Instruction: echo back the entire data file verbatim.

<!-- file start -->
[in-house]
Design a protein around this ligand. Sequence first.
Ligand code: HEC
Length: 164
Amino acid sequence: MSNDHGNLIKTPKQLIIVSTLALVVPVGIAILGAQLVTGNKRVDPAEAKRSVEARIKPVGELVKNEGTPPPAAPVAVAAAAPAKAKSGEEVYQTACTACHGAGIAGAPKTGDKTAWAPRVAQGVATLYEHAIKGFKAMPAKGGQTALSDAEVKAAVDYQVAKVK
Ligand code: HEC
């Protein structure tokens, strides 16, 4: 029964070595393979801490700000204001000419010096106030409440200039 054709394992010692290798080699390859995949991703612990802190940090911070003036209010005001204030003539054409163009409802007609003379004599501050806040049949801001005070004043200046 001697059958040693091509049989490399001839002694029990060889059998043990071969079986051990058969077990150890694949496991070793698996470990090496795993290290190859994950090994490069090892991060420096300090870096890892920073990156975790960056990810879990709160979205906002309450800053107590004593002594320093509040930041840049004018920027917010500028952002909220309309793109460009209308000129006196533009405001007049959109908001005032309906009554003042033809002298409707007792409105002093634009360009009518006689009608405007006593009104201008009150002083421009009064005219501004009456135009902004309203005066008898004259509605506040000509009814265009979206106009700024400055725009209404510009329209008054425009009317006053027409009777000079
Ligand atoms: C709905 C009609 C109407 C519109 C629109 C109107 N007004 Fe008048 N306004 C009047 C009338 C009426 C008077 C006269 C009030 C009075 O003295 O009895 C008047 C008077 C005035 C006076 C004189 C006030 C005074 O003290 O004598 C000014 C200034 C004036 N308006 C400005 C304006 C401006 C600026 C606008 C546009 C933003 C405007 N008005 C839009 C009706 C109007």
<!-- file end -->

[in-house]
Design a protein around this ligand. Sequence first.
Ligand code: HEC
Length: 164
Amino acid sequence: MSNDHGNLIKTPKQLIIVSTLALVVPVGIAILGAQLVTGNKRVDPAEAKRSVEARIKPVGELVKNEGTPPPAAPVAVAAAAPAKAKSGEEVYQTACTACHGAGIAGAPKTGDKTAWAPRVAQGVATLYEHAIKGFKAMPAKGGQTALSDAEVKAAVDYQVAKVK
Ligand code: HEC
């Protein structure tokens, strides 16, 4: 029964070595393979801490700000204001000419010096106030409440200039 054709394992010692290798080699390859995949991703612990802190940090911070003036209010005001204030003539054409163009409802007609003379004599501050806040049949801001005070004043200046 001697059958040693091509049989490399001839002694029990060889059998043990071969079986051990058969077990150890694949496991070793698996470990090496795993290290190859994950090994490069090892991060420096300090870096890892920073990156975790960056990810879990709160979205906002309450800053107590004593002594320093509040930041840049004018920027917010500028952002909220309309793109460009209308000129006196533009405001007049959109908001005032309906009554003042033809002298409707007792409105002093634009360009009518006689009608405007006593009104201008009150002083421009009064005219501004009456135009902004309203005066008898004259509605506040000509009814265009979206106009700024400055725009209404510009329209008054425009009317006053027409009777000079
Ligand atoms: C709905 C009609 C109407 C519109 C629109 C109107 N007004 Fe008048 N306004 C009047 C009338 C009426 C008077 C006269 C009030 C009075 O003295 O009895 C008047 C008077 C005035 C006076 C004189 C006030 C005074 O003290 O004598 C000014 C200034 C004036 N308006 C400005 C304006 C401006 C600026 C606008 C546009 C933003 C405007 N008005 C839009 C009706 C109007």